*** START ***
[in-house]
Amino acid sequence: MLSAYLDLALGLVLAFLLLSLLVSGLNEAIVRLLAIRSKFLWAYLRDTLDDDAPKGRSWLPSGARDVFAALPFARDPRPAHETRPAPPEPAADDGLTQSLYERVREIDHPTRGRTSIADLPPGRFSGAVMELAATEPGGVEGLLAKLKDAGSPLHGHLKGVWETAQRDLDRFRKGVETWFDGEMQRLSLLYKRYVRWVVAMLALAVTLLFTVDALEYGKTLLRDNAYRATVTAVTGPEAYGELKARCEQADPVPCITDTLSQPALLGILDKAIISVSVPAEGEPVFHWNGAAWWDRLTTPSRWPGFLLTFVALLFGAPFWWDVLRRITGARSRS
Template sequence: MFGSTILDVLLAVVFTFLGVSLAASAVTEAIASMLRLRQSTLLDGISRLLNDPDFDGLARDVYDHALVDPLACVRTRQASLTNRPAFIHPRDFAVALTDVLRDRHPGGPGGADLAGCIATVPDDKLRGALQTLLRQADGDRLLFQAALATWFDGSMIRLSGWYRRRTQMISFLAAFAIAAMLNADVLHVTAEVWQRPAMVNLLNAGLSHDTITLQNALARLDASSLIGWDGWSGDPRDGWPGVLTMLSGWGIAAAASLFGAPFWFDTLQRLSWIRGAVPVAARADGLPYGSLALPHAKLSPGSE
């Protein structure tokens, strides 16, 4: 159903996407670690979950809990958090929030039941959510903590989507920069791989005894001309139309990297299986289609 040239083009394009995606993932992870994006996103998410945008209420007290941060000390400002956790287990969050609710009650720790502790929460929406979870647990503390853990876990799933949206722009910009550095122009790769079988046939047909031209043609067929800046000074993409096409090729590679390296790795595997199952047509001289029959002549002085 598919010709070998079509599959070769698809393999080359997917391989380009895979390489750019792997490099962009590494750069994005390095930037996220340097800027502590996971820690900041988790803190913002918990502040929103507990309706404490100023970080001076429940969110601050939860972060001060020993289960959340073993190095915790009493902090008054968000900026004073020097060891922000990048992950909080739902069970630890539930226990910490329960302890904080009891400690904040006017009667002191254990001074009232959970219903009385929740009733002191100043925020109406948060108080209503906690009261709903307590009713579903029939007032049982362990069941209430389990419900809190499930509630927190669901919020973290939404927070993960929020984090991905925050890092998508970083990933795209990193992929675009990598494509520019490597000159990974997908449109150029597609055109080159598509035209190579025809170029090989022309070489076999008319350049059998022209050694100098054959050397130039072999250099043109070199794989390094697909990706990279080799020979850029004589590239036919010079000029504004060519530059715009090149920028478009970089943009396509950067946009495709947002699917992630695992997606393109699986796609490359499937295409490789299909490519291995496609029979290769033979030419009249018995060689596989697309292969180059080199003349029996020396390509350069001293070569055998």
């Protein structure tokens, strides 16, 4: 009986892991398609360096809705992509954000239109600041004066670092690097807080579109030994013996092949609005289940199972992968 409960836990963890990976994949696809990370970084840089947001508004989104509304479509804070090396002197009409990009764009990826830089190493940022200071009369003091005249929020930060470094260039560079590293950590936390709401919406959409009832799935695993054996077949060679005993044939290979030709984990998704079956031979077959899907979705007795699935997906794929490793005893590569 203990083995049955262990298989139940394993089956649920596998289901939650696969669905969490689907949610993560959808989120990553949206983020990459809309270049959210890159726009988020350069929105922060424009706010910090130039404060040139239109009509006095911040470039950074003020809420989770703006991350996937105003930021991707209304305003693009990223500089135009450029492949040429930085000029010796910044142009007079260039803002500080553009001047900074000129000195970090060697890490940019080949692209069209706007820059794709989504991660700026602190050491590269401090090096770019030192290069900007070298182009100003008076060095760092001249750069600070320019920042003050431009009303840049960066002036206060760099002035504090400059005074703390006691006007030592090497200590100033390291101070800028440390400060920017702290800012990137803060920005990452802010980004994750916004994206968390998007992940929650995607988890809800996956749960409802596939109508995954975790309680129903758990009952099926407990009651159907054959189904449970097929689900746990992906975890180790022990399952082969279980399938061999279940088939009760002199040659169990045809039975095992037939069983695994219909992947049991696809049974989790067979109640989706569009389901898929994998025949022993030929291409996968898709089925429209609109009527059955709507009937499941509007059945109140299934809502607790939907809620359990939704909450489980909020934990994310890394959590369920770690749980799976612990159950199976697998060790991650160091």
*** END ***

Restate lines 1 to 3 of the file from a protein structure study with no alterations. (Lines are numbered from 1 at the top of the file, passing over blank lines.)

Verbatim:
[in-house]
Amino acid sequence: MLSAYLDLALGLVLAFLLLSLLVSGLNEAIVRLLAIRSKFLWAYLRDTLDDDAPKGRSWLPSGARDVFAALPFARDPRPAHETRPAPPEPAADDGLTQSLYERVREIDHPTRGRTSIADLPPGRFSGAVMELAATEPGGVEGLLAKLKDAGSPLHGHLKGVWETAQRDLDRFRKGVETWFDGEMQRLSLLYKRYVRWVVAMLALAVTLLFTVDALEYGKTLLRDNAYRATVTAVTGPEAYGELKARCEQADPVPCITDTLSQPALLGILDKAIISVSVPAEGEPVFHWNGAAWWDRLTTPSRWPGFLLTFVALLFGAPFWWDVLRRITGARSRS
Template sequence: MFGSTILDVLLAVVFTFLGVSLAASAVTEAIASMLRLRQSTLLDGISRLLNDPDFDGLARDVYDHALVDPLACVRTRQASLTNRPAFIHPRDFAVALTDVLRDRHPGGPGGADLAGCIATVPDDKLRGALQTLLRQADGDRLLFQAALATWFDGSMIRLSGWYRRRTQMISFLAAFAIAAMLNADVLHVTAEVWQRPAMVNLLNAGLSHDTITLQNALARLDASSLIGWDGWSGDPRDGWPGVLTMLSGWGIAAAASLFGAPFWFDTLQRLSWIRGAVPVAARADGLPYGSLALPHAKLSPGSE